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The Federal Trade Commission says one of the marketers was ordered to pay $11.5 million. Two other companies together must pay $6.2 million. They were the latest batch of settlements with the FTC in actions against marketers making false promises of help with mortgage modifications or foreclosure relief.

Among the companies settling charges are Loss Mitigation Services, Direct Lender and Hope Now Modifications.


GOP invests in Fiorina ads

Republicans have reserved $1.75 million for television ads to help Carly Fiorina in the final week of the U.S. Senate race in California.

The buy signals GOP optimism about unseating three-term Democratic Sen. Barbara Boxer in November.

Amber Marchand, a spokeswoman for the National Republican Senatorial Committee, confirmed the decision to invest in the bid of former Hewlett-Packard Chief Executive Fiorina. The committee previously had declined to say where it would be putting its money going into the Nov. 2 elections.


Delta subsidiary fined for bumping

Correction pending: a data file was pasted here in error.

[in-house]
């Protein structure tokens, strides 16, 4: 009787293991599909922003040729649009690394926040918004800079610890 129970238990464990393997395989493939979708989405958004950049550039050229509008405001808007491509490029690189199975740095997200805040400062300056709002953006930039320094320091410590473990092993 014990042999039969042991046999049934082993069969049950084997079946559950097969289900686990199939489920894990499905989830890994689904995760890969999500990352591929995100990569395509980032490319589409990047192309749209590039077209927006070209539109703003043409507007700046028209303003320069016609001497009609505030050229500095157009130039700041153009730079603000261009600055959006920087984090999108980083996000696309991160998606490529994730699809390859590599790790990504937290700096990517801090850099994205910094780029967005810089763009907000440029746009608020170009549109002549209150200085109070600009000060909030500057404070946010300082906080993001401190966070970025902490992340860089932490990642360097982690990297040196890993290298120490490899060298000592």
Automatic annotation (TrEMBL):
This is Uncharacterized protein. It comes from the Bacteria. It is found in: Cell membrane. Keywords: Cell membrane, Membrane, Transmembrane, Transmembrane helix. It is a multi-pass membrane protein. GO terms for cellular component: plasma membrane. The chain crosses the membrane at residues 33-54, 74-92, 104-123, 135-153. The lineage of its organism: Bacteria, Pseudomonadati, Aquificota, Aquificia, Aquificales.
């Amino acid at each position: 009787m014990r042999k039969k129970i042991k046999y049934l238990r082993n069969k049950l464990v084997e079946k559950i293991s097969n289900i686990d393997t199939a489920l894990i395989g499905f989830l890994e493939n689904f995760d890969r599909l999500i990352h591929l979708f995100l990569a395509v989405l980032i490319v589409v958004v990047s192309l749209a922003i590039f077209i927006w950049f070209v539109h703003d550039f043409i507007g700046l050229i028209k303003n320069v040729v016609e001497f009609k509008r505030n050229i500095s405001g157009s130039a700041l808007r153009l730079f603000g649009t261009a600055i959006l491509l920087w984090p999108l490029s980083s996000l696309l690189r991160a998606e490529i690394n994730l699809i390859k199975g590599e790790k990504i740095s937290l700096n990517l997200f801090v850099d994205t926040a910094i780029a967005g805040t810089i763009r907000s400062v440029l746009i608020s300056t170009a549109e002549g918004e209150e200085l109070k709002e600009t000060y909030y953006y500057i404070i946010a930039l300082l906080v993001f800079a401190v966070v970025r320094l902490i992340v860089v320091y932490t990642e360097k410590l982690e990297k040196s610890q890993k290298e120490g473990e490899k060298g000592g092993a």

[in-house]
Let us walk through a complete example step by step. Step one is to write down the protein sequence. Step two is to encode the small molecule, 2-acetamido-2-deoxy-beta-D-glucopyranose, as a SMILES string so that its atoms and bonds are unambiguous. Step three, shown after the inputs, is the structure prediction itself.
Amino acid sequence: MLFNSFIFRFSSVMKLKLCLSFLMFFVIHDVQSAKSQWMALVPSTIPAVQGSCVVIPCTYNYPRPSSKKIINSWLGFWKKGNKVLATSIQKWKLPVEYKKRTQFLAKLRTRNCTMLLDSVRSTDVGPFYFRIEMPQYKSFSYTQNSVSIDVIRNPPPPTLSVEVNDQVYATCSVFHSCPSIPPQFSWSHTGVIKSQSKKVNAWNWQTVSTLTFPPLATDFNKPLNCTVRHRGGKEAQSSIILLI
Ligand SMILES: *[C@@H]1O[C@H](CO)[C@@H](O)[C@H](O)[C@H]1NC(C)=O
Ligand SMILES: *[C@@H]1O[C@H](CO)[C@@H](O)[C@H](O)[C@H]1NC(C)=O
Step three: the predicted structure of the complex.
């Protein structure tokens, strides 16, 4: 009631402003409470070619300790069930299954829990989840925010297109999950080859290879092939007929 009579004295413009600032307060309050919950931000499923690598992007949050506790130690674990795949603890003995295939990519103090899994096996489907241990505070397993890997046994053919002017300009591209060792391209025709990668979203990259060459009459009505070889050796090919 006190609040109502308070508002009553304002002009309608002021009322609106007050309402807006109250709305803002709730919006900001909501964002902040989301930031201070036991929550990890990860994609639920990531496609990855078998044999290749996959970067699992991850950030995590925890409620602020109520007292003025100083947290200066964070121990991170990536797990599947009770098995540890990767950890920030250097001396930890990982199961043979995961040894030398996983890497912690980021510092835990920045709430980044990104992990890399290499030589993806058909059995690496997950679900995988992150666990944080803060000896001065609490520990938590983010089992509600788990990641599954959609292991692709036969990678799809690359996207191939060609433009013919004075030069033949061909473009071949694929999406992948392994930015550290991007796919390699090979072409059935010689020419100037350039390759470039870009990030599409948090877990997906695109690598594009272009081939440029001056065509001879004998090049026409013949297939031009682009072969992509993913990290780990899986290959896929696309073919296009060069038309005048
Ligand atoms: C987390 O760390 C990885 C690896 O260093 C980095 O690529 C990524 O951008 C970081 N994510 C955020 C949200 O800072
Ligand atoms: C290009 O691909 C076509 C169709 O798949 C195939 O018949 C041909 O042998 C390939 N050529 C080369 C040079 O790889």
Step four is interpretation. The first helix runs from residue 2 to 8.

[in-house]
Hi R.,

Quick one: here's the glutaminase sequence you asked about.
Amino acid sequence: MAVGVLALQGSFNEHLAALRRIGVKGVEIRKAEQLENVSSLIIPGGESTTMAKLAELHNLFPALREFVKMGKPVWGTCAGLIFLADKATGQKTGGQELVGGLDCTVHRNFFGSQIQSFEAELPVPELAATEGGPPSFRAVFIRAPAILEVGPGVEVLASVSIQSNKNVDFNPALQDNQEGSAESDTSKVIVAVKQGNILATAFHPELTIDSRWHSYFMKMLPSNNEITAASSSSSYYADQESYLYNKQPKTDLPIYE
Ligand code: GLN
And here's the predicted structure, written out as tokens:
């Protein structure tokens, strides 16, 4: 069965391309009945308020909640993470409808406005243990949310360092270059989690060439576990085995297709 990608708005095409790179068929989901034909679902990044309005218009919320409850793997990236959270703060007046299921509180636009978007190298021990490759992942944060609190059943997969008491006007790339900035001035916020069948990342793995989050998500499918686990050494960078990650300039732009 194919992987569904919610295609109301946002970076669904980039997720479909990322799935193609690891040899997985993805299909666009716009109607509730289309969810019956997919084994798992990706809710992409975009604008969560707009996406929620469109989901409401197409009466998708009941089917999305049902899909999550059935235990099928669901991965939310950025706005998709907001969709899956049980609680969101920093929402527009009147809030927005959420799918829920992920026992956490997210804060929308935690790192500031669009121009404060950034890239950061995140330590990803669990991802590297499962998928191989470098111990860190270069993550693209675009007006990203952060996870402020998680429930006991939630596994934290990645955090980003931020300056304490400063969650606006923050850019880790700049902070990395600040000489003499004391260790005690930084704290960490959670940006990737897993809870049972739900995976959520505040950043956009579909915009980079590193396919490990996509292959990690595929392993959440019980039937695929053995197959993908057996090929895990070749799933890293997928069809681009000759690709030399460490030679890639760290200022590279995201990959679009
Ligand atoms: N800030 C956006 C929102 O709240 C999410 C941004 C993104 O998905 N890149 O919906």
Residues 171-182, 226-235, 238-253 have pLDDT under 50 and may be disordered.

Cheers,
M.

A regional air carrier owned by Delta Air Lines has been fined $275,000 for violating regulations on bumping passengers from overbooked flights, the Transportation Department said Monday.

An investigation in response to consumer complaints revealed that Cincinnati-based Comair violated federal regulations by failing to solicit volunteers to leave overbooked flights and by not paying bumped passengers the compensation to which they were entitled, the department said.

DOT’s Aviation Enforcement Office also found that Comair had filed inaccurate reports with the department on the number of passengers involuntarily denied boarding.

Federal regulations require airlines that overbook a flight to seek volunteers willing to give up their seats for compensation. If there aren’t enough volunteers, passengers bumped involuntarily are entitled to up to $800 in cash depending on their ticket and the length of the delay.

In June, the department proposed raising the maximum compensation amount to $1,300 and adjusting that amount to account for inflation.

“Our bumping rules are designed to protect passengers when airlines overbook a flight,” Transportation Secretary Ray LaHood said in a statement. “We expect carriers to comply with these rules and will take enforcement action when they do not.”

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